The site investigation for a proposed 300 GeV proton accelerator in the Chalk adjacent to the village of Mundford, Norfolk involved a ground-stability analysis of a 2.4 km diameter accelerator tunnel and 5 tangential beam tunnels 2 to 4km long. The proposed design of the foundations and shielding would have given rise to high vertical ground pressures, but would require minimal differential subsidence (mm per 100s of metres) to preserve the stability of the proton beam. The prohibitive cost of quantitative surveys over even a small part of the 5 x 9km site was such that the only practical option was to devise a qualitative method of assessing the likely load-deformation properties of the Chalk that was applicable to the whole site. To do this, the present author made a geological map of the site, and determined the geological succession and the chemical and mechanical weathering state of the Chalk by visual examination in 80 x 0.75m diameter shafts (Gallois, Figures 2 to 13 in Ward et al., 1968).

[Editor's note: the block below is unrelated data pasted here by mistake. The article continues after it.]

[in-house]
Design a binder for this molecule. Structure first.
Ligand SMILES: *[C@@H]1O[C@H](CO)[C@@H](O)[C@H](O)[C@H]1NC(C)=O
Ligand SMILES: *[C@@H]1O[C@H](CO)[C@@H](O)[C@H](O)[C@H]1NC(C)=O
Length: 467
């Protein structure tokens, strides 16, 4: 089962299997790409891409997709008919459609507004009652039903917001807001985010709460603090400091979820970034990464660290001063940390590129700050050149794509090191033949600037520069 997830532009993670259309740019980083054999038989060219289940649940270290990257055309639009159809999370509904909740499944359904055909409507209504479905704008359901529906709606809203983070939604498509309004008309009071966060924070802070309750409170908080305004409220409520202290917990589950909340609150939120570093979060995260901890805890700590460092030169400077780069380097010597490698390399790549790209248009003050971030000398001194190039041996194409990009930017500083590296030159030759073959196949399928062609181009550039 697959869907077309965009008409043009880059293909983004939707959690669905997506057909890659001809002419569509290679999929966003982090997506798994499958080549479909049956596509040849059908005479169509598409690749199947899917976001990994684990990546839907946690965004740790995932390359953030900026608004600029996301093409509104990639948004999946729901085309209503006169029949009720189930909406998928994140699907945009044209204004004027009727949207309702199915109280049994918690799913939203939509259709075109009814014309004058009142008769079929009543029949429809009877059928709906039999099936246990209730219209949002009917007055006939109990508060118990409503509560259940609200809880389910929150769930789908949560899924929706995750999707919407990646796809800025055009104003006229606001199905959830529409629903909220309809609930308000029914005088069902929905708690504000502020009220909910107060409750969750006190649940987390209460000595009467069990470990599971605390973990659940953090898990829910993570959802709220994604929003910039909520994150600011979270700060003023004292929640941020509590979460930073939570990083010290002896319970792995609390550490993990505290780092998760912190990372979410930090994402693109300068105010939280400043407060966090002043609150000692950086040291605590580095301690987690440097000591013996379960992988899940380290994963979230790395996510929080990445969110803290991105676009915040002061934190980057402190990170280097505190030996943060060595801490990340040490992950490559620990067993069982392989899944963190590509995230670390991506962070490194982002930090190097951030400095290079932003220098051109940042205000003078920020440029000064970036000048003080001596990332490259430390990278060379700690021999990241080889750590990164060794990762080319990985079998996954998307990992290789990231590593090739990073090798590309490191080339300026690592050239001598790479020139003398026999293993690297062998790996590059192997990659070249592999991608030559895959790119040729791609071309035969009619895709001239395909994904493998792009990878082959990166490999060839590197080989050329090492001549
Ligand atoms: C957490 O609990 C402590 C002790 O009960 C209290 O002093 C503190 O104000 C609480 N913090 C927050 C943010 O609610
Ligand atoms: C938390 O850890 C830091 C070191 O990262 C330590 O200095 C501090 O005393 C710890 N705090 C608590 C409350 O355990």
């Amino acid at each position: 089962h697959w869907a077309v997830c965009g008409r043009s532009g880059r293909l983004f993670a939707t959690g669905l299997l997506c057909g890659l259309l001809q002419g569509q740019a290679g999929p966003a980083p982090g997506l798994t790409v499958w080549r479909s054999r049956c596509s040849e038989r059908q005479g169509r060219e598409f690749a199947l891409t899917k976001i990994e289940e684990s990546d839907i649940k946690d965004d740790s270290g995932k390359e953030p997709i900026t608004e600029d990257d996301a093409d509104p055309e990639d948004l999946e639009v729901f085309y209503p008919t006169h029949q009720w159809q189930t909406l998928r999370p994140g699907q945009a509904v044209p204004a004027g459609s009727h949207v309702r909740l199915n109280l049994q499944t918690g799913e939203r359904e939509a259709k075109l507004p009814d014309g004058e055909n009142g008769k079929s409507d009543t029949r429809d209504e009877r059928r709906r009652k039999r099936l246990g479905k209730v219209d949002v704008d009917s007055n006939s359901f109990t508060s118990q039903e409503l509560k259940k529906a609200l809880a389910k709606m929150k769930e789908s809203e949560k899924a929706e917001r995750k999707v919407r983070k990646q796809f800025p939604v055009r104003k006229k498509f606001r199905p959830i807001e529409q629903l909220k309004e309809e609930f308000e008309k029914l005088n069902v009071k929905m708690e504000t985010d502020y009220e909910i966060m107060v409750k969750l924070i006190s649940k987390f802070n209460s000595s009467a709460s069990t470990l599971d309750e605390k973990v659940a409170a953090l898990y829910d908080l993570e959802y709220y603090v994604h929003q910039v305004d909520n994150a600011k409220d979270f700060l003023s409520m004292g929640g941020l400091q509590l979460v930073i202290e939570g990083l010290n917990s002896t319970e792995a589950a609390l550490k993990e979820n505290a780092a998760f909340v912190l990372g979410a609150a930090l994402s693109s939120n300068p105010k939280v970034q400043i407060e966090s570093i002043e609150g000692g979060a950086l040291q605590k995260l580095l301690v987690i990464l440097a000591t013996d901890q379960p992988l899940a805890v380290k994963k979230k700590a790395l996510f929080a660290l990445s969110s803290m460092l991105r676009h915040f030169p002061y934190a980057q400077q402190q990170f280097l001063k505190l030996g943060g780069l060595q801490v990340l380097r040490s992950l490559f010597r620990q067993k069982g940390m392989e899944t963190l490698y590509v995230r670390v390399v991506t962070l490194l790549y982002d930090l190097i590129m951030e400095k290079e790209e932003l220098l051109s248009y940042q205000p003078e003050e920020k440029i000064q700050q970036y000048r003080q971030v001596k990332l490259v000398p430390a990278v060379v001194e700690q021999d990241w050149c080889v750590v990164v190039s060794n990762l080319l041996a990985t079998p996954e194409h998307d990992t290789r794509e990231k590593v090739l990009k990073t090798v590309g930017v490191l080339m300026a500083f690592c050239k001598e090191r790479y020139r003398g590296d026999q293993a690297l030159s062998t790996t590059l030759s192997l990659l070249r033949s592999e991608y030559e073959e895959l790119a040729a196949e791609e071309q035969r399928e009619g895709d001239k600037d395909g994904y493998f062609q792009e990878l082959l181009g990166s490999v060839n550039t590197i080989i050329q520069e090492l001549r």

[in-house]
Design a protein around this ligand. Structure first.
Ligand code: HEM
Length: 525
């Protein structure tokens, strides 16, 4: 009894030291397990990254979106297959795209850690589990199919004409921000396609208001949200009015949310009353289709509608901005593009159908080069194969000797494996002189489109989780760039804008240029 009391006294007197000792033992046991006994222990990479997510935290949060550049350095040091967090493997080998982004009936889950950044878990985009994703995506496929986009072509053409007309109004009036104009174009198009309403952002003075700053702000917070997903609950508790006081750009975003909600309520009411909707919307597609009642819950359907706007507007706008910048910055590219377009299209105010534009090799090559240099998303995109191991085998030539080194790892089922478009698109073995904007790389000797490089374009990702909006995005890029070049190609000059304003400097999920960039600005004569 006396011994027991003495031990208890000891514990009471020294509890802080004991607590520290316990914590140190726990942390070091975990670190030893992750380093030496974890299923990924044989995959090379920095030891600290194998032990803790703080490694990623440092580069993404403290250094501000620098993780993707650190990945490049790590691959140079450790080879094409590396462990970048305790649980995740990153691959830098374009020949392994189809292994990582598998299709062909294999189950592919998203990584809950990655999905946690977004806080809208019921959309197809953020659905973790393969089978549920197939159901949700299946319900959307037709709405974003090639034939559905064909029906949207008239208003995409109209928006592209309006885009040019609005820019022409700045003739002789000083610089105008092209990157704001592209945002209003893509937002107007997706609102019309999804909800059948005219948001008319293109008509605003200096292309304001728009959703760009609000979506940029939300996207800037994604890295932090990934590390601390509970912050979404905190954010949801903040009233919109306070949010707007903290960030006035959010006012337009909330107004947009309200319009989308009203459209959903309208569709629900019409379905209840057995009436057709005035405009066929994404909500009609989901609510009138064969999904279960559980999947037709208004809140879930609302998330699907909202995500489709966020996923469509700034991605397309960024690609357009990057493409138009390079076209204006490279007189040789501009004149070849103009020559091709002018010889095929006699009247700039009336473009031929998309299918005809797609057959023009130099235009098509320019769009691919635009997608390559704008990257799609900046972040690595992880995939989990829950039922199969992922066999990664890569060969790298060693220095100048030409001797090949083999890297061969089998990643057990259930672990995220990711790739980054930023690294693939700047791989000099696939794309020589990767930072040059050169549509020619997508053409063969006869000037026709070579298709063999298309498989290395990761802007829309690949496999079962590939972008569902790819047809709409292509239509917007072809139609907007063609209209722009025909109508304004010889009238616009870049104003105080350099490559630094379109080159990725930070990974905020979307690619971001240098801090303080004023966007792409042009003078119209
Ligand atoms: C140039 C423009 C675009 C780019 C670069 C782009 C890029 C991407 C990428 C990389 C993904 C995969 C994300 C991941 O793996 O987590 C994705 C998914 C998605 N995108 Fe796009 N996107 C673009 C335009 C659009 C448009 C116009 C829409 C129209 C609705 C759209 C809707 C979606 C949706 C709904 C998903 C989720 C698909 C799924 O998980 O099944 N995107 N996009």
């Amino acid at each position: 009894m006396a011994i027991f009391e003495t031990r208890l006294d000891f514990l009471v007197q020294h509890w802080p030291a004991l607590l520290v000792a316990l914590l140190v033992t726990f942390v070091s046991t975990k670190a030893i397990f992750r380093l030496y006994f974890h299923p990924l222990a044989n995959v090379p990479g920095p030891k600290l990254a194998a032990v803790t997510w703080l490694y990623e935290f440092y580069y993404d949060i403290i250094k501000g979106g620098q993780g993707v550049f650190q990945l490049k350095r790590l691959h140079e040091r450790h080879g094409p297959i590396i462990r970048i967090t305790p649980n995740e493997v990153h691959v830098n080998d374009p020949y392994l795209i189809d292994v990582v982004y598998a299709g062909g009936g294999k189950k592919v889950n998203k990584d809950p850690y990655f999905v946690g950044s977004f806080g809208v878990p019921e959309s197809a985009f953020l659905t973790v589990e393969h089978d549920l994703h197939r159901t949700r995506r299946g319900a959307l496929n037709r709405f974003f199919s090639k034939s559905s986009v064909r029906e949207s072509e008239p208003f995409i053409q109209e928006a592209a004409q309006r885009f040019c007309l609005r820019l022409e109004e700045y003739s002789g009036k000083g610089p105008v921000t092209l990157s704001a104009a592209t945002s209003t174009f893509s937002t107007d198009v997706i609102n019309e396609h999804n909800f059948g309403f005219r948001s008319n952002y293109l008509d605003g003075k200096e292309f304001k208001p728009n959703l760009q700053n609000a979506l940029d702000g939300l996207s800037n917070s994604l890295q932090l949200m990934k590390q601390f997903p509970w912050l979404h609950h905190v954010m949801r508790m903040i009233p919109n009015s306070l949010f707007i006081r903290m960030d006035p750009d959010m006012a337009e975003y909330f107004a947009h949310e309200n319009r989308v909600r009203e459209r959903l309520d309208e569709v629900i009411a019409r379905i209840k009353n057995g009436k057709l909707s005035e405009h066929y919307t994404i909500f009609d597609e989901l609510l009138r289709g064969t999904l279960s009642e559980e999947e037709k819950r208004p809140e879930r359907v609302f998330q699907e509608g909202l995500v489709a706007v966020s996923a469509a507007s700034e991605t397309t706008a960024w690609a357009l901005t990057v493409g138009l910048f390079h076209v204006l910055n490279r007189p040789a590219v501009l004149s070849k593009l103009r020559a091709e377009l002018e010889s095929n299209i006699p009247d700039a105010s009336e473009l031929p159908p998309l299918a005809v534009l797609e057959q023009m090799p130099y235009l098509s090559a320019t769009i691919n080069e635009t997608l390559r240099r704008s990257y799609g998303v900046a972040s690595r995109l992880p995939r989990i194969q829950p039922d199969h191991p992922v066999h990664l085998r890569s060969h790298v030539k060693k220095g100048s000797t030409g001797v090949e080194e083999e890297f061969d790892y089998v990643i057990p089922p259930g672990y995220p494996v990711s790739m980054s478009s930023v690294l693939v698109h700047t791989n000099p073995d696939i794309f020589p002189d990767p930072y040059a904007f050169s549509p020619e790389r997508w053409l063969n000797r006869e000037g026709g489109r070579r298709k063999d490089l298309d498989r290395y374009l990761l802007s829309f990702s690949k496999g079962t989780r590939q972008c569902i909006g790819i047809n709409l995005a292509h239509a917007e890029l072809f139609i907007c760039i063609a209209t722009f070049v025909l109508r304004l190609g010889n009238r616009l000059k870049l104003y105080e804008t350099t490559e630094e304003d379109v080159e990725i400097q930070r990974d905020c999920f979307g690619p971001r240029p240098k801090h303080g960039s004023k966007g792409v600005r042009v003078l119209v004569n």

When it became clear that the fracture classification (Grades I to IV) devised as part of the geological assessment appeared to be applicable to the whole of the site, a large-scale tank-loading test and an accompanying series of plate-loading tests were carried out at a site adjacent to the ring. These gave consistent results for the bulk mechanical properties of the rock mass that could be broadly correlated with the fracture classification. Much of the succession at the shallow depths required for the investigation comprised lithologically uniform, moderately hard to hard chalks of the Middle Chalk. Beds of more brittle chalk were present at a few stratigraphically predictable levels. When tested for stiffness and creep these showed significantly higher values of Young’s modulus. The fracture classification was therefore modified to include an additional grade to take account of this hardness. The possibility of a visual inspection system that appeared to predict the bulk engineering properties of chalks at little cost proved attractive to engineers. Not surprisingly, it has been used inappropriately at times for lithologically different chalks and in different structural settings. It remains, with modifications, one of the two most widely used classifications for the description of the mechanical weathering of chalks. The CIRIA classification (Lord et al., 2002) is a modified version that seeks to make it more applicable to all chalks